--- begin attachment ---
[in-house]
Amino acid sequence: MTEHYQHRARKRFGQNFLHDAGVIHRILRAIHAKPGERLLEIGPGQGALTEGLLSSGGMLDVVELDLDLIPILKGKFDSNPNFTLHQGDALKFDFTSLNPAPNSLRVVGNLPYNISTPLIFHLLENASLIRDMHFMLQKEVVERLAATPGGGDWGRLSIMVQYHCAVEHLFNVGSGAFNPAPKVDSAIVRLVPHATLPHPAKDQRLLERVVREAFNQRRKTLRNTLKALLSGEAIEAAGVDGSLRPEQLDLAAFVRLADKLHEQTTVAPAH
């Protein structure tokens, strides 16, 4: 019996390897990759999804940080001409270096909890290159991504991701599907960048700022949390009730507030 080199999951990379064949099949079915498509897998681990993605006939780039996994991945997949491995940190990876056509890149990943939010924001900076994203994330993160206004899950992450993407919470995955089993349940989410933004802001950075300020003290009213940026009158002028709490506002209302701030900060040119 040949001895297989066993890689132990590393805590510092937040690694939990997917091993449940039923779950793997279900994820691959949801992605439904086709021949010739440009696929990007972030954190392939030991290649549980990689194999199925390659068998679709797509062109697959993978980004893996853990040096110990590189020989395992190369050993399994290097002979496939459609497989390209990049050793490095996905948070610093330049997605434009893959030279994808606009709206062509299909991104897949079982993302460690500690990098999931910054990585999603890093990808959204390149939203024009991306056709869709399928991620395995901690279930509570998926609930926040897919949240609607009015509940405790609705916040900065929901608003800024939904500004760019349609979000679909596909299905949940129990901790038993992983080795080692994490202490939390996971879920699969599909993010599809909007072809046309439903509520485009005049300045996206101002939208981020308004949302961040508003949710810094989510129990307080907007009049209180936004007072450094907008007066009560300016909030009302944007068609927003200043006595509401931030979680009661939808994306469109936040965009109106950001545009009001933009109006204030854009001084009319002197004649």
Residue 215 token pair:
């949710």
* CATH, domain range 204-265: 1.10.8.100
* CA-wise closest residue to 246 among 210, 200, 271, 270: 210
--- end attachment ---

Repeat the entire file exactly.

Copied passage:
[in-house]
Amino acid sequence: MTEHYQHRARKRFGQNFLHDAGVIHRILRAIHAKPGERLLEIGPGQGALTEGLLSSGGMLDVVELDLDLIPILKGKFDSNPNFTLHQGDALKFDFTSLNPAPNSLRVVGNLPYNISTPLIFHLLENASLIRDMHFMLQKEVVERLAATPGGGDWGRLSIMVQYHCAVEHLFNVGSGAFNPAPKVDSAIVRLVPHATLPHPAKDQRLLERVVREAFNQRRKTLRNTLKALLSGEAIEAAGVDGSLRPEQLDLAAFVRLADKLHEQTTVAPAH
């Protein structure tokens, strides 16, 4: 019996390897990759999804940080001409270096909890290159991504991701599907960048700022949390009730507030 080199999951990379064949099949079915498509897998681990993605006939780039996994991945997949491995940190990876056509890149990943939010924001900076994203994330993160206004899950992450993407919470995955089993349940989410933004802001950075300020003290009213940026009158002028709490506002209302701030900060040119 040949001895297989066993890689132990590393805590510092937040690694939990997917091993449940039923779950793997279900994820691959949801992605439904086709021949010739440009696929990007972030954190392939030991290649549980990689194999199925390659068998679709797509062109697959993978980004893996853990040096110990590189020989395992190369050993399994290097002979496939459609497989390209990049050793490095996905948070610093330049997605434009893959030279994808606009709206062509299909991104897949079982993302460690500690990098999931910054990585999603890093990808959204390149939203024009991306056709869709399928991620395995901690279930509570998926609930926040897919949240609607009015509940405790609705916040900065929901608003800024939904500004760019349609979000679909596909299905949940129990901790038993992983080795080692994490202490939390996971879920699969599909993010599809909007072809046309439903509520485009005049300045996206101002939208981020308004949302961040508003949710810094989510129990307080907007009049209180936004007072450094907008007066009560300016909030009302944007068609927003200043006595509401931030979680009661939808994306469109936040965009109106950001545009009001933009109006204030854009001084009319002197004649």
Residue 215 token pair:
């949710």
* CATH, domain range 204-265: 1.10.8.100
* CA-wise closest residue to 246 among 210, 200, 271, 270: 210